I loved this book: my first introduction to Wayne Muller. In it, he explores all kinds of elements of our lives today and how we can find greater satisfaction -- delight! -- and greater peace within the madness of the world. What I love is that Wayne is both an incredible writer and has very thoughtful, well-researched chapters, each of which ends with a practical exercise to try in your life. Very helpful combination of reflection and action.
Wayne Muller’s thesis is that Sabbath is good. He explores the fundamental need for rest, its origin in creation and its placement in major world religions. There is a fundamental rhythmicity to nature, Muller contends, and that is no accident. We are created to need rest; therefore Sabbath is created for us. As this is a natural truth, Muller finds much support from other faith traditions, with similar rest practices.

Muller rests heavily on the creation account for his assertion
Danielle DeVane Wells
Aug 12, 2019 rated it really liked it
This very excellent book about taking time out of your week to rest,commonly referred to as "Sabbath", is worth the money I spent on it. My personality type (ISTJ & Enneagram 1) has hard time slowing down from accomplishing tasks and must be told to STOP! Otherwise I keep on going and eventually burn out. So this book gave me the permission to feel as if stopping to rest is helpful to my physical and emotional well-being.

Some quotes from the book that resonated with me:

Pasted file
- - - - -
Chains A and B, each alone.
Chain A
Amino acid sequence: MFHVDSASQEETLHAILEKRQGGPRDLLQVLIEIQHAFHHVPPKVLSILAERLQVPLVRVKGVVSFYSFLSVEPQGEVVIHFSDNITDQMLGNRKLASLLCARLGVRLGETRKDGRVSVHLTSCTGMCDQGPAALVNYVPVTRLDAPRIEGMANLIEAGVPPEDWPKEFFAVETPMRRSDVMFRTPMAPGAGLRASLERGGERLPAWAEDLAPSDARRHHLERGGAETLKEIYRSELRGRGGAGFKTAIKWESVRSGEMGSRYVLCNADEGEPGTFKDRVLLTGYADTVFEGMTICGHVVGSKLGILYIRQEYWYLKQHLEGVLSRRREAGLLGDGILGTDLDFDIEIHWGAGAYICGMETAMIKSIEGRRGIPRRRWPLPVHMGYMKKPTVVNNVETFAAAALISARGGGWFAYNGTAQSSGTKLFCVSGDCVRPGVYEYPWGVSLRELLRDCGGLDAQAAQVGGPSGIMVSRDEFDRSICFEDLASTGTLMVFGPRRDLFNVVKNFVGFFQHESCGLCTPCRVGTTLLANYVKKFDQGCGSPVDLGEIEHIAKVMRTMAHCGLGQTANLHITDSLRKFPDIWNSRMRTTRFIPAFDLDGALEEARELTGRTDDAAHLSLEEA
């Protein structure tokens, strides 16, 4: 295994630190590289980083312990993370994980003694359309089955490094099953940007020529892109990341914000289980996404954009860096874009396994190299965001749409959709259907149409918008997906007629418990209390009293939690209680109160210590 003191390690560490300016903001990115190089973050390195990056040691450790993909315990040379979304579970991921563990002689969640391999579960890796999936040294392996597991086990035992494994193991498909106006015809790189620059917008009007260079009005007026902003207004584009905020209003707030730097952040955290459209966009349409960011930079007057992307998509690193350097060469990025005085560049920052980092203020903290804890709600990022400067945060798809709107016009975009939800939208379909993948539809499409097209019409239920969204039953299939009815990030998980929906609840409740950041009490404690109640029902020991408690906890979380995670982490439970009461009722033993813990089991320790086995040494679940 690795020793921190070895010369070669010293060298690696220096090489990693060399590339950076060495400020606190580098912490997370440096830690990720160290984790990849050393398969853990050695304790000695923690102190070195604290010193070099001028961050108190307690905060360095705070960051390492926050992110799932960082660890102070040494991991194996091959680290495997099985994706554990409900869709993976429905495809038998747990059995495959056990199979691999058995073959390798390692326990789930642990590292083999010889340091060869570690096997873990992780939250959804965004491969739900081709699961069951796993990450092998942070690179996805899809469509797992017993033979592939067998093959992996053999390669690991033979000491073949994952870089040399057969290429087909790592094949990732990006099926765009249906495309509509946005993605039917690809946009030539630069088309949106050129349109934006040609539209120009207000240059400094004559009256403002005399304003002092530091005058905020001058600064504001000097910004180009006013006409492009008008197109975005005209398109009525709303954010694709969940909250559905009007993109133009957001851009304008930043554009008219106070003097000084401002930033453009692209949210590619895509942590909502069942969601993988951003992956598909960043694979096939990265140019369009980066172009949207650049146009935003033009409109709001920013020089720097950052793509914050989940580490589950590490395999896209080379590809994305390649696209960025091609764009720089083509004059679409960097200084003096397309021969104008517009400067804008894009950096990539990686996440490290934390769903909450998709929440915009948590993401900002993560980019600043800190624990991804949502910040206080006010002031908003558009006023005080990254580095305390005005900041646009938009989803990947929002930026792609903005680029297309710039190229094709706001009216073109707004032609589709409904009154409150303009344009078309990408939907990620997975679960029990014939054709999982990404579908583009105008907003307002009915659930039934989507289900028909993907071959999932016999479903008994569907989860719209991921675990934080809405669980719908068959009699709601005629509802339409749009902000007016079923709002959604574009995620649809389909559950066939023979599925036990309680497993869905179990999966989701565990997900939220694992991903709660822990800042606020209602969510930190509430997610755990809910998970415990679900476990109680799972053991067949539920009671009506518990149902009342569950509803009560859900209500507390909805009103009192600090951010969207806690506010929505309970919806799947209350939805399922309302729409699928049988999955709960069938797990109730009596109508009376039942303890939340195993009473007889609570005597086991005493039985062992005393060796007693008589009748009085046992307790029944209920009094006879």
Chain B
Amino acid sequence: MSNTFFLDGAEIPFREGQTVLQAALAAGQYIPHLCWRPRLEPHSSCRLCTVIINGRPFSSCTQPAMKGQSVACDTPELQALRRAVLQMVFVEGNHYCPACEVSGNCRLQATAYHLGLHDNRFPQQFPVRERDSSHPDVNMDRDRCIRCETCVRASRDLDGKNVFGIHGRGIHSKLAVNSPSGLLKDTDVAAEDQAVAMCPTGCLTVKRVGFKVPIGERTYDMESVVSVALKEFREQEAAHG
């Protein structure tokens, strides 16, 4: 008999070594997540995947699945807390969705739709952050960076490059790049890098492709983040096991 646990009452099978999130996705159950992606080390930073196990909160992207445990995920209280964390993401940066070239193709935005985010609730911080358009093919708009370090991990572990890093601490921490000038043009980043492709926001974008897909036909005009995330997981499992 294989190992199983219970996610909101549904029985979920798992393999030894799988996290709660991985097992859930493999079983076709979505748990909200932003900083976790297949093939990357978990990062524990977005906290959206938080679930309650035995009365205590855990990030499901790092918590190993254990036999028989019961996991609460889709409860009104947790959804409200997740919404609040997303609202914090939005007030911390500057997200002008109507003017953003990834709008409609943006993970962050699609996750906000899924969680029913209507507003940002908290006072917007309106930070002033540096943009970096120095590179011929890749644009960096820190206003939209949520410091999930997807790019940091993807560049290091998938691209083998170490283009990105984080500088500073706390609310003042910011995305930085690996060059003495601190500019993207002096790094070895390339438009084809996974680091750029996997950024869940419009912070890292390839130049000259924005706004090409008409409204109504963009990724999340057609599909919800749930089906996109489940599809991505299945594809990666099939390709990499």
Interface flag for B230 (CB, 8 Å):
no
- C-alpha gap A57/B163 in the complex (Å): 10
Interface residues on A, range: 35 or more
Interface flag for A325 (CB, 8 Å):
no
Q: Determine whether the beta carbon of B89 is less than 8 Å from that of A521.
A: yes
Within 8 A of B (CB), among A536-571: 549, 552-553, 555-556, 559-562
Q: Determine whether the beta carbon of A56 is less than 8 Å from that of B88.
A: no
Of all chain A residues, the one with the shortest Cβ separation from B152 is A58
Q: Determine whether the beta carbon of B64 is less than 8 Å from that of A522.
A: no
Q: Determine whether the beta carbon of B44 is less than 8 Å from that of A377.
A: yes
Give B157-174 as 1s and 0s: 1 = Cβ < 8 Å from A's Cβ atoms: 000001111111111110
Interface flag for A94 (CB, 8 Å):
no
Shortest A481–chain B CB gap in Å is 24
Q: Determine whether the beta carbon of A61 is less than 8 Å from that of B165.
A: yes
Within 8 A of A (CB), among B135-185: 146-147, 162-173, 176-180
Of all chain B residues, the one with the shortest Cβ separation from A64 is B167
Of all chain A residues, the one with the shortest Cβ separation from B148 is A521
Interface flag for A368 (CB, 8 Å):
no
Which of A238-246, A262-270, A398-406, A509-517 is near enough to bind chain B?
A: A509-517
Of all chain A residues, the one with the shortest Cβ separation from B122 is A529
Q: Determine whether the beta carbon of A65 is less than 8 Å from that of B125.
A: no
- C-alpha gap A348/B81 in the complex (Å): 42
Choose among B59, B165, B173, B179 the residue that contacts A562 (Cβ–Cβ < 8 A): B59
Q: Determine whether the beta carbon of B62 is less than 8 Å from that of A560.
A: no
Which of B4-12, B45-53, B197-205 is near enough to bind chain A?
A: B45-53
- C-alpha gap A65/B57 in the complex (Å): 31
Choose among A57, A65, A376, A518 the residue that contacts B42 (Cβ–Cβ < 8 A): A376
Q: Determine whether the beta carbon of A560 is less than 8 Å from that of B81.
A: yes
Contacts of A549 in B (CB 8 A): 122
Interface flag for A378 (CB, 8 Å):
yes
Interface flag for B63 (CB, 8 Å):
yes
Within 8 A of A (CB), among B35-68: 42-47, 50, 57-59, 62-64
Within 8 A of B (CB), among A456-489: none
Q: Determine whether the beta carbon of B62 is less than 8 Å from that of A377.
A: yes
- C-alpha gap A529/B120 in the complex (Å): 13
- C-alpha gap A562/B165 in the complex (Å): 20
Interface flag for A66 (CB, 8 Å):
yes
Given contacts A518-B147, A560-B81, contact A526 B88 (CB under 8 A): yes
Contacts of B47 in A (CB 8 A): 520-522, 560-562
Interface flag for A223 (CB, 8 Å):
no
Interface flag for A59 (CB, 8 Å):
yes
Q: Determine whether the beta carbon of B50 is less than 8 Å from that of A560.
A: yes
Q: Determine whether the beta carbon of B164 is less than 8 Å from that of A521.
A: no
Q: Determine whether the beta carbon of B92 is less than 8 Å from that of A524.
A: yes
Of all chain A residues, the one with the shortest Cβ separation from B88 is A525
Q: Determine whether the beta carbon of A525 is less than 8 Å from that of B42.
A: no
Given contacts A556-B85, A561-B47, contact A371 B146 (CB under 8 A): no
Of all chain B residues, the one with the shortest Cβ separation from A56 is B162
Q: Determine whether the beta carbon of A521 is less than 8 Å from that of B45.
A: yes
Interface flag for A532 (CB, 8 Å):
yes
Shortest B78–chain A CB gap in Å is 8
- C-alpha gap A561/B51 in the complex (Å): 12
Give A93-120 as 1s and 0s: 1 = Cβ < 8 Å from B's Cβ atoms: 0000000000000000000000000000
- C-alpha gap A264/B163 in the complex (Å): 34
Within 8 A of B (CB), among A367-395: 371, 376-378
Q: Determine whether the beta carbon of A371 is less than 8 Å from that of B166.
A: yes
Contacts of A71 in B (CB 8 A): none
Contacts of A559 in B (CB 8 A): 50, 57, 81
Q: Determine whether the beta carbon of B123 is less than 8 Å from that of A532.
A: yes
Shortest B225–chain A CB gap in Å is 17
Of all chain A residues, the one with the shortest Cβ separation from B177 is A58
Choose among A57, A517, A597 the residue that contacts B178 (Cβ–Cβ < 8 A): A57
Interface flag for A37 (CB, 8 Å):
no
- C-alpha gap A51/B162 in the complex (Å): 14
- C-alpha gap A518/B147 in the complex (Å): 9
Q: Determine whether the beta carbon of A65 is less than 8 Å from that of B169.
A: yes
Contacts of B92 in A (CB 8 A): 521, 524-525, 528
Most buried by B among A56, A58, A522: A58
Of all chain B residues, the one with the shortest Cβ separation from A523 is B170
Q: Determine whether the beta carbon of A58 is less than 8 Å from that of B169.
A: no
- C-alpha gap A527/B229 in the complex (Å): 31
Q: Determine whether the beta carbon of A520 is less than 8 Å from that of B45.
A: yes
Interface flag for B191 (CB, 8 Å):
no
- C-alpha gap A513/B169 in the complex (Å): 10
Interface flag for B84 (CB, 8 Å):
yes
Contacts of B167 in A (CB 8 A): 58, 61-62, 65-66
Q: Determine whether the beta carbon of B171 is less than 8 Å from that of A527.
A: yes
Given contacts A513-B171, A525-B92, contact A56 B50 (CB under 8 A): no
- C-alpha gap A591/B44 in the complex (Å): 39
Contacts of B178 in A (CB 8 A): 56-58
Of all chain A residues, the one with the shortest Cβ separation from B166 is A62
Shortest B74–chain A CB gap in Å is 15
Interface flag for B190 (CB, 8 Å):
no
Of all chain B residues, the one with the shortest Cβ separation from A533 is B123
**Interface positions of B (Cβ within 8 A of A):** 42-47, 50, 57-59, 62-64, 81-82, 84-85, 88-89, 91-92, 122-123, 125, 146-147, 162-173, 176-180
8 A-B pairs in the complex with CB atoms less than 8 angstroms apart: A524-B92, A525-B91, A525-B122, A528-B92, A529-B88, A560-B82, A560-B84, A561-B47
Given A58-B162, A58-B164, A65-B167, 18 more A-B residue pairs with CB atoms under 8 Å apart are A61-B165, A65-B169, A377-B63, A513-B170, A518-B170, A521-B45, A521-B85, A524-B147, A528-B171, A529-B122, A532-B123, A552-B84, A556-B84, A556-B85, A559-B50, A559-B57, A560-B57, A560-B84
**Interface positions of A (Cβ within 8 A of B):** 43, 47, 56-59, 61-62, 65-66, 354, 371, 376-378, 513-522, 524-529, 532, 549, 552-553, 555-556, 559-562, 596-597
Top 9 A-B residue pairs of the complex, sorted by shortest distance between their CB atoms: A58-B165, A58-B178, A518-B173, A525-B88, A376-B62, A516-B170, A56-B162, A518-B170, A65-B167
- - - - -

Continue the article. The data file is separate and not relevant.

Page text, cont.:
~Sabbath is about joy
Sep 21, 2018 rated it it was ok
Peaceful book on rest but was not really written from the Christian or Jewish perspective but from the universalist, pluralistic perspective. It made it hard to read for me because while the concepts and stories about resting were peaceful and good, often pluralism was knocking on the door.

If one could chew the meat and spit out the bones, this could be a book to read on resting well.
Daniel Joshua
Jul 23, 2018 rated it really liked it
Talk about juicy ecumenism. All in all the book itself was a sabbath read for me, and it was great to read it with school and whatnot going on. I disliked his inclusiveness, he was like a more dusty and vague Nouwen. On the whole however it was a much needed book for me to read. The elements of restful rhythm are quite a stern rebuke to American entertainment/consumerism.
Fawn Carriker
May 26, 2017 rated it really liked it
I needed to read this book. I probably need to be regularly bashed about the head and shoulders with it, and read it monthly. My friends know my habit of over-scheduling myself--there are so many things I want to do and believe passionately about that I find myself busy beyond belief with absolutely no room for refreshment.

"Sabbath: Finding Rest, Renewal, and Delight in Our Busy Lives" is a beautiful reminder of the importance of balance and rhythm in our lives. Wayne Muller encourages us to
Jul 04, 2008 rated it liked it
Recommended to John by: Olin Knudsen
Rating: C+